Story Immersion by Design

Last year I hit a pretty significant milestone in my life, ticking off something that often finds its way on those “100 things to do before you die” lists. I wrote a first draft of a novel (well, four chapters short of the finish line but I’m working on that last bit, I promise!). Writing a novel was something that I always wanted to do but never got further than the first few chapters before I doubted myself or found an excuse not to carry on.

Then in September last year I discovered National Novel Writing Month (NaNoWriMo) a community website built around a challenge to write a 50,000 word novel through November. Writing that down – even after I’ve passed the finish line – feels daunting and borderline impossible. The magic of NaNoWriMo is how it broke down the scary number to just 1,667 words a day, which I broke down into even more manageable 500 word sprint sessions.

So I put in the hours, and even though by the end of the month I was only capable of doing 100 word sprints I finished NaNoWriMo with 53,611 words. I even think some of those 53,611 words might not be that bad.

Simon's final NaNoWriMo stats

Simon's final NaNoWriMo stats

So where am I going with this? Well, somewhere within all those words I got to learn a few things about storytelling. Great stories are what draw me to films, TV series, video games, and even music. It’s the first thing I critique when I watch something new (don’t ask me about the latest Star Wars film.) There are however, many elements to telling a great story, believable dialogue, carefully crafted act structures, tension and release, rounded characters, etc.

I’ve recently been catching up on the fantastic Fargo TV series on Netflix and there was a brilliant storytelling moment in episode 8 of season 2 that has really stuck in my mind (Minor spoiler warning ahead!). Peggy, a protagonist in the story has taken an antagonist hostage in a secluded mountain hut. Peggy is watching a black and white film on the TV. As she sits on the edge of the bed the camera pulls forward drawing us, the viewer, into her perspective. The camera then flips to show her view of the TV and pulls forward again, this time right into the TV itself and we watch the film play out as two lovers desperately attempt to escape from an attacker. Suddenly the camera cuts to a side view of Peggy on the bed, but the antagonist has gone. A moment later Peggy catches up and realises herself almost as a reaction to us shouting at the TV at her. The way this scene plays out is brilliant. We are all Peggy getting distracted by a movie in that moment. We all let the antagonist escape. All of this is done by the edit, the cinematography, the soundtrack, and the script coming together. They could have easily told us the same story from the antagonist’s point of view, or just focused on Peggy and skipped the movie playing on the TV, but would we have been as invested in the escape, or feel like we played a part in letting him go? There is something beautiful in taking the time to tell a story in a way that made us feel completely connected to it.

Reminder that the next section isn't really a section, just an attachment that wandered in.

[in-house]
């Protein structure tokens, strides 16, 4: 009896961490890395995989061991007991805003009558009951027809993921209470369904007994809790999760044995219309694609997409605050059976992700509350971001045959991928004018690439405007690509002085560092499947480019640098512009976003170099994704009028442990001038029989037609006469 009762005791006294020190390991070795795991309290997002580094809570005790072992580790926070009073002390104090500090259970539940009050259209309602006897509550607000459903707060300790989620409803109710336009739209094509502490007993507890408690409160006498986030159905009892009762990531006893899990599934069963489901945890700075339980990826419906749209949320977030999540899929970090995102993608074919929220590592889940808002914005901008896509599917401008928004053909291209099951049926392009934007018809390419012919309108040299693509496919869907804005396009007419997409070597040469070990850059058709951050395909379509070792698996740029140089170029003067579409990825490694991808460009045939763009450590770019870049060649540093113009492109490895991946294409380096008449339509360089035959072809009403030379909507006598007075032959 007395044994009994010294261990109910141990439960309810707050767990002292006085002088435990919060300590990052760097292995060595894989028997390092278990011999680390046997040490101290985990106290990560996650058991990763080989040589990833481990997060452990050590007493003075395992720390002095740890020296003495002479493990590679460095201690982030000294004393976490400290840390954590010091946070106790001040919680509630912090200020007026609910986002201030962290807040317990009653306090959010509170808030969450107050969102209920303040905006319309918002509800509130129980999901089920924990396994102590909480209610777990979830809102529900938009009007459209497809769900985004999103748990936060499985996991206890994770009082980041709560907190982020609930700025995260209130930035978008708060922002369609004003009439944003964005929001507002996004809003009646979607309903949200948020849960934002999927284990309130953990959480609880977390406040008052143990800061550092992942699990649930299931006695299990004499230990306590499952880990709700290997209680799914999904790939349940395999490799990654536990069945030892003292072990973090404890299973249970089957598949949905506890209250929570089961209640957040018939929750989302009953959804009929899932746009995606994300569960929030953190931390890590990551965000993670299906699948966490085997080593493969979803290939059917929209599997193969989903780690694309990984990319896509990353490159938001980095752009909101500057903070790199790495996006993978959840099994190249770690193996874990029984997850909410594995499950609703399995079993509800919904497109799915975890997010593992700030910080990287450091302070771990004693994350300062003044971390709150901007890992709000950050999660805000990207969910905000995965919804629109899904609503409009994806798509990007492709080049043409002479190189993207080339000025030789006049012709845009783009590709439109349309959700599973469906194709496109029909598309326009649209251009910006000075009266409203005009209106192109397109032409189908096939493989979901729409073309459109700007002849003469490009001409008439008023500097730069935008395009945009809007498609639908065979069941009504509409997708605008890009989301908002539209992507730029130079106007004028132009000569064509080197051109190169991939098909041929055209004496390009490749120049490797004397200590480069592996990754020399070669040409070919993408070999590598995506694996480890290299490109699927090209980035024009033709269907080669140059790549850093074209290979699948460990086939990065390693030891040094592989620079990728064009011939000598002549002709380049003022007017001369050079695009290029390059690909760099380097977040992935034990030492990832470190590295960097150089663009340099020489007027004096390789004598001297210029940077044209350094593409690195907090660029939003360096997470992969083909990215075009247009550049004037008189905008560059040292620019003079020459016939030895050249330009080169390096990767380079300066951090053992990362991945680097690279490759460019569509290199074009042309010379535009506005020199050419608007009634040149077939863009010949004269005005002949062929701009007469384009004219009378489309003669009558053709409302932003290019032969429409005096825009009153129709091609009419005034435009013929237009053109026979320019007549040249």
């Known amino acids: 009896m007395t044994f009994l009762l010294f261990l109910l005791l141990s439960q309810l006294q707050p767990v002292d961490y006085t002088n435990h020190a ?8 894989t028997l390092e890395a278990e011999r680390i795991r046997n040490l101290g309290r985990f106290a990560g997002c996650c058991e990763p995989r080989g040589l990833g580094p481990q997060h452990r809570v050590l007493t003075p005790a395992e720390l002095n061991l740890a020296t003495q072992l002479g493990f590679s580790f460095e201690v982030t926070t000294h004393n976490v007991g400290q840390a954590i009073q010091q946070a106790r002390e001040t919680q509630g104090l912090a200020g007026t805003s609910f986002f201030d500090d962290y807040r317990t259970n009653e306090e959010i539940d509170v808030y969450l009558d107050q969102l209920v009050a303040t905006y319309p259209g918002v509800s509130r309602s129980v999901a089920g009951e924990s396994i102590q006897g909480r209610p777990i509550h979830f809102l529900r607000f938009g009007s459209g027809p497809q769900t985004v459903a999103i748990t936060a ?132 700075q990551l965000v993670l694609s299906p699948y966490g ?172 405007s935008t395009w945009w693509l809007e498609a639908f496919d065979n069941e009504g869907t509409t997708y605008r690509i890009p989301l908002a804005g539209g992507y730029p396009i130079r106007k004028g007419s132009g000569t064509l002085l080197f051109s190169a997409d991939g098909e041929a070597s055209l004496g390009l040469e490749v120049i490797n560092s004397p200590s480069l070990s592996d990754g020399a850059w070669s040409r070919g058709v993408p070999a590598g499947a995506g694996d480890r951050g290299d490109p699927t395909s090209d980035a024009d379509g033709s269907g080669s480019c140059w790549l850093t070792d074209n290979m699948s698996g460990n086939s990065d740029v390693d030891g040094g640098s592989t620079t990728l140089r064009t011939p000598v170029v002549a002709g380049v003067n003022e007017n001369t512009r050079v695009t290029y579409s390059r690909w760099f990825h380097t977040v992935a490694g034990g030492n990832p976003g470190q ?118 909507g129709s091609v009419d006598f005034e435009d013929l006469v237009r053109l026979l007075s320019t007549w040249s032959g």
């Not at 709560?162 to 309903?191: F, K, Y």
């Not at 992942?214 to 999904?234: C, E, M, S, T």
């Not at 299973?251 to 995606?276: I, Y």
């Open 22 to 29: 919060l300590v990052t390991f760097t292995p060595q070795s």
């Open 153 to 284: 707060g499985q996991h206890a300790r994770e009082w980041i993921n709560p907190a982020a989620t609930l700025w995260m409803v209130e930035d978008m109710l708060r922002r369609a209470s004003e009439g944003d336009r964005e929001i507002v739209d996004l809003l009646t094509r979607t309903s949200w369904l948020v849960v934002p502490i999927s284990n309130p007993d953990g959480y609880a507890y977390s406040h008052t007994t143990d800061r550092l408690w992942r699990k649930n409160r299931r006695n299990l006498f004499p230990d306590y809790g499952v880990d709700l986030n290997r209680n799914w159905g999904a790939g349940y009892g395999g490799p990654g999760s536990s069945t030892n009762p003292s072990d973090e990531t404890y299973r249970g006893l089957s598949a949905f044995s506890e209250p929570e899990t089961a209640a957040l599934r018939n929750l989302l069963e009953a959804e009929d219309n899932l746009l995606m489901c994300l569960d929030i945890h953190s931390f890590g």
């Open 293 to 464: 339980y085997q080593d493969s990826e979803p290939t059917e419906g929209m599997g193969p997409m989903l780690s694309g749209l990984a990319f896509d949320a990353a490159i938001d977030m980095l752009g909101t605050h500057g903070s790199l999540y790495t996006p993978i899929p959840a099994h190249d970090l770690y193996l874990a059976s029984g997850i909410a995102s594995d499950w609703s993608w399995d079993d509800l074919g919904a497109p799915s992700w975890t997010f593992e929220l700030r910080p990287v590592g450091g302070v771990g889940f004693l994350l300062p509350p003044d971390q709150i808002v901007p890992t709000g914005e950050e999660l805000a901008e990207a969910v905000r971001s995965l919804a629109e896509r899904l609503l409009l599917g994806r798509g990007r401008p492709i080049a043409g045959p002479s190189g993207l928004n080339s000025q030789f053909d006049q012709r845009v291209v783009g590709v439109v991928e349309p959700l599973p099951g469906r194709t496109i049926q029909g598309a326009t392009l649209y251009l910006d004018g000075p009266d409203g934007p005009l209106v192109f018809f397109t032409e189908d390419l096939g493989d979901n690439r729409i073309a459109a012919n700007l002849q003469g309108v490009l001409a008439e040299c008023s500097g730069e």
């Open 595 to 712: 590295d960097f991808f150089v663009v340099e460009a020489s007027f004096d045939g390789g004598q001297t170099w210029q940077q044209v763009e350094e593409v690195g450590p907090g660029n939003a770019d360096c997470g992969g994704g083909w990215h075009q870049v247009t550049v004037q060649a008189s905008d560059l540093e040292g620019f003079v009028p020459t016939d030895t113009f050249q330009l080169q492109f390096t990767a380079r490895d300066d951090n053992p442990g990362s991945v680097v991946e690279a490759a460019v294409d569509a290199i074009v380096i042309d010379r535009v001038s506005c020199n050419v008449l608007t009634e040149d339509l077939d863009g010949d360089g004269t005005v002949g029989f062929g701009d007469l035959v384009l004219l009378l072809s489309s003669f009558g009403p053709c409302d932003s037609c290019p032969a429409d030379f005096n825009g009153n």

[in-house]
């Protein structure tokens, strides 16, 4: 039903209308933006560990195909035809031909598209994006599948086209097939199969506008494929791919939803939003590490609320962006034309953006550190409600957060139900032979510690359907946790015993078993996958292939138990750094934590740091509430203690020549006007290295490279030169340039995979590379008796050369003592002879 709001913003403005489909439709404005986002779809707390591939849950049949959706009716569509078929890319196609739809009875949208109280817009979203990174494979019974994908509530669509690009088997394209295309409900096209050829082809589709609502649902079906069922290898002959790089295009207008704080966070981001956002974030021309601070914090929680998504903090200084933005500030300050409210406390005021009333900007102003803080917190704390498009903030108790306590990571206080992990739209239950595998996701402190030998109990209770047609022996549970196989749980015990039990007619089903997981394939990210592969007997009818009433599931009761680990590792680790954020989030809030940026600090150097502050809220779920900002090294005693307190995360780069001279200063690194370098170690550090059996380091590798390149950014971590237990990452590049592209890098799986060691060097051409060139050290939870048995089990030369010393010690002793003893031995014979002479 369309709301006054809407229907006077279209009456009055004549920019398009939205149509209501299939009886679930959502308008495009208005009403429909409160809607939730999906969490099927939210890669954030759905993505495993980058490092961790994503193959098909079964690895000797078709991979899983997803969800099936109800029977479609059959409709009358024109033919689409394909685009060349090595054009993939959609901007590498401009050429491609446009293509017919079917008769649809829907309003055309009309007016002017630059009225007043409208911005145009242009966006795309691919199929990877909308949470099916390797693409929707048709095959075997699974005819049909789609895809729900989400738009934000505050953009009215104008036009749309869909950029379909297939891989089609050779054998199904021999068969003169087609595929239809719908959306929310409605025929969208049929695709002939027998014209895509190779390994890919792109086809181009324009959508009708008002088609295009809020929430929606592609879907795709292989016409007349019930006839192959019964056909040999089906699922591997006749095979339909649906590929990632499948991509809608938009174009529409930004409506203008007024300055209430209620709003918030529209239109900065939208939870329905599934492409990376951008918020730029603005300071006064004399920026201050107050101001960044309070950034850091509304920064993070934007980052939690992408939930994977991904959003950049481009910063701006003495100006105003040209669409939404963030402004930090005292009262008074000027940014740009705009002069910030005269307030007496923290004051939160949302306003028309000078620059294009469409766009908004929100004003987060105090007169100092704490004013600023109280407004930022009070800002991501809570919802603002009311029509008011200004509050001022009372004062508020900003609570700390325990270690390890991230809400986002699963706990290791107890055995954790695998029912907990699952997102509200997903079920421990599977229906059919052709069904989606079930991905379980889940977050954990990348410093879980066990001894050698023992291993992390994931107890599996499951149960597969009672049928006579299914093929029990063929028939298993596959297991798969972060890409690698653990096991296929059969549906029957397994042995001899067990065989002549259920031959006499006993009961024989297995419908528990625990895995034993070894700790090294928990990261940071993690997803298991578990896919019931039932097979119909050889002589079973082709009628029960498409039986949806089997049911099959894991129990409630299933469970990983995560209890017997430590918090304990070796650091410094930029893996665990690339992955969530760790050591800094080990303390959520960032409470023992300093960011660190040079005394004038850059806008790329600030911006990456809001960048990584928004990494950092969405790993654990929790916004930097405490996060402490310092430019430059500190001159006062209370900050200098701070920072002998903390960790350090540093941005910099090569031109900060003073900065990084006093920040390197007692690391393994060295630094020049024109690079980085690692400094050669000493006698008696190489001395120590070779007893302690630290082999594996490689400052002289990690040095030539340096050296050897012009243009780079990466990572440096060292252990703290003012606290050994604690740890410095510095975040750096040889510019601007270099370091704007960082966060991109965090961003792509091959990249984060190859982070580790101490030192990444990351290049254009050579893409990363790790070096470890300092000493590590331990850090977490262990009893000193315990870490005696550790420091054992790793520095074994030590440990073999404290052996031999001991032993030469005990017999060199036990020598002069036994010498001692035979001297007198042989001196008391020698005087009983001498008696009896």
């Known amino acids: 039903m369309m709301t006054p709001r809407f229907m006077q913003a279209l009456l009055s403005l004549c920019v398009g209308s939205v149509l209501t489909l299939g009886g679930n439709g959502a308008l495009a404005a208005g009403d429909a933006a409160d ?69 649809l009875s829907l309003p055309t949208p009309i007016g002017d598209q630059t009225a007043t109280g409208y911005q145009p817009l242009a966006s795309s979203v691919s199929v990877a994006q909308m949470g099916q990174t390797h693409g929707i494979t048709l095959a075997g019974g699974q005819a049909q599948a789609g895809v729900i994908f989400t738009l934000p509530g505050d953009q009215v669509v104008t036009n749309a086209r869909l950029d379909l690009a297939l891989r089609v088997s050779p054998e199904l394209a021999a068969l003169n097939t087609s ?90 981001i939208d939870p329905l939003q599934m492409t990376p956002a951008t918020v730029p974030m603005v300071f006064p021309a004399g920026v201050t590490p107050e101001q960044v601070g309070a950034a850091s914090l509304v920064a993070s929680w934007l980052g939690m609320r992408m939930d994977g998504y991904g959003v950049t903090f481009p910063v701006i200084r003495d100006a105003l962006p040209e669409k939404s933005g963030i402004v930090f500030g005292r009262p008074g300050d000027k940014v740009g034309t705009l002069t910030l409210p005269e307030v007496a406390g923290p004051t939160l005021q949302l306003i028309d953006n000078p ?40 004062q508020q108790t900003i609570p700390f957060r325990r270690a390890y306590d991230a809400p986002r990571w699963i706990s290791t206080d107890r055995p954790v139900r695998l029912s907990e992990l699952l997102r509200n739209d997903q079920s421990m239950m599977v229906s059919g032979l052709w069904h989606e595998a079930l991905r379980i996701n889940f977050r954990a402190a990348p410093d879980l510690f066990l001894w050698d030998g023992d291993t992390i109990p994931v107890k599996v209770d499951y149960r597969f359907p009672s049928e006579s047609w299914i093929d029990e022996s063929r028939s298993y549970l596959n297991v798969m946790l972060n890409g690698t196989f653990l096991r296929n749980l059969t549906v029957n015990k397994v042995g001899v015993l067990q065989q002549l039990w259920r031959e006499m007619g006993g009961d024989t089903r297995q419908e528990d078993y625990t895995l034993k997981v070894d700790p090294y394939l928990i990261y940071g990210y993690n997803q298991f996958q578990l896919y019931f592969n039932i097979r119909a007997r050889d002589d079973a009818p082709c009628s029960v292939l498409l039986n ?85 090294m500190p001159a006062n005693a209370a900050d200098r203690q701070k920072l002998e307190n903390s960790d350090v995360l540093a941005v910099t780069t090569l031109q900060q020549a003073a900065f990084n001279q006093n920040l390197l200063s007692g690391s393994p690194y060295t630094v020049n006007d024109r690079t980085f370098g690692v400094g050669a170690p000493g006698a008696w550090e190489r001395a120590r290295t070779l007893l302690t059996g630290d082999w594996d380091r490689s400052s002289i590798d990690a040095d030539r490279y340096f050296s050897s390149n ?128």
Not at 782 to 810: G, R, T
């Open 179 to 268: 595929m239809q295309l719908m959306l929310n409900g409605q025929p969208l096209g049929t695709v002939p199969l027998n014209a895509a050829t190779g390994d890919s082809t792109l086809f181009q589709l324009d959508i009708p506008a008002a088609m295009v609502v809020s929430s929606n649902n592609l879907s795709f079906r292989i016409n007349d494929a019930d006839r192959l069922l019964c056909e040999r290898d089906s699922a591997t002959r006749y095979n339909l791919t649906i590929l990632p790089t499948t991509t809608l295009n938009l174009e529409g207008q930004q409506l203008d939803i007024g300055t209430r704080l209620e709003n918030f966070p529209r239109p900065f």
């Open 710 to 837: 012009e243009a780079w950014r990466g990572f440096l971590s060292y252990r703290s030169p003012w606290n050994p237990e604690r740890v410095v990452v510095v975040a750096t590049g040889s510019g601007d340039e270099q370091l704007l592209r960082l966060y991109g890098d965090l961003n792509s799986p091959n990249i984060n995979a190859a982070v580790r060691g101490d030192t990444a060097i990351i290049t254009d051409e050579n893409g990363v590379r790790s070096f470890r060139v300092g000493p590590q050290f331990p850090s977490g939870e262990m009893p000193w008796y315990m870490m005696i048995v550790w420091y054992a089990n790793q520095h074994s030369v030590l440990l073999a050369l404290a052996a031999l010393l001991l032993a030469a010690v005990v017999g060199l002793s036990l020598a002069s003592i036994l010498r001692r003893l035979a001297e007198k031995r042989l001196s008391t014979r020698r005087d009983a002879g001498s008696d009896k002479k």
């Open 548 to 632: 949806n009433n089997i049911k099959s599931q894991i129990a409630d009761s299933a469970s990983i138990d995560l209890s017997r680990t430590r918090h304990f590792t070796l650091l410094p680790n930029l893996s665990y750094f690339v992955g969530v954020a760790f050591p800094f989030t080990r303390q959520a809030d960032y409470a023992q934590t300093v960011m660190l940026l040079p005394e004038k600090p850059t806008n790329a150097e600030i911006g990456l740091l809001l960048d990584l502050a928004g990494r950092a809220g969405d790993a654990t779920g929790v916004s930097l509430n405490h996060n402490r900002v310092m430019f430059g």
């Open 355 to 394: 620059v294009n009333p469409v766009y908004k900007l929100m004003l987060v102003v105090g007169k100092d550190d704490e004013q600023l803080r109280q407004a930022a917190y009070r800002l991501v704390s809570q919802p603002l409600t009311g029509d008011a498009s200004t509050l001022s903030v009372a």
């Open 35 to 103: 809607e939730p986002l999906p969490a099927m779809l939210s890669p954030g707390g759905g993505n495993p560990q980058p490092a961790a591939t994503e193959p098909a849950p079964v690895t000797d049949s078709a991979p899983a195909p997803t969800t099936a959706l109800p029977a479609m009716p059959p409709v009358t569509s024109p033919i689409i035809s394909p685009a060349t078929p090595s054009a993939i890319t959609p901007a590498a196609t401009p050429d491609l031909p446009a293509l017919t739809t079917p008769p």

A screenshot from Fargo Season 2.

A screenshot from Fargo Season 2.

It’s this type of storytelling that we should be striving to tell in the experiences we design. How does the way we present a design to our users make them feel? How does the way we teach our users to use our products, connect with them? I’m trying to include this obsession with stories into my own designs. Are there ways to connect with a user in how the UI is laid out? When is the right time to show a user how to use an advanced feature, or present them that important buy now button? Every interaction with technology is a story being told. It’s how we choose to tell those stories that makes great user experiences.

Senior UX Designer

Sutherland Labs
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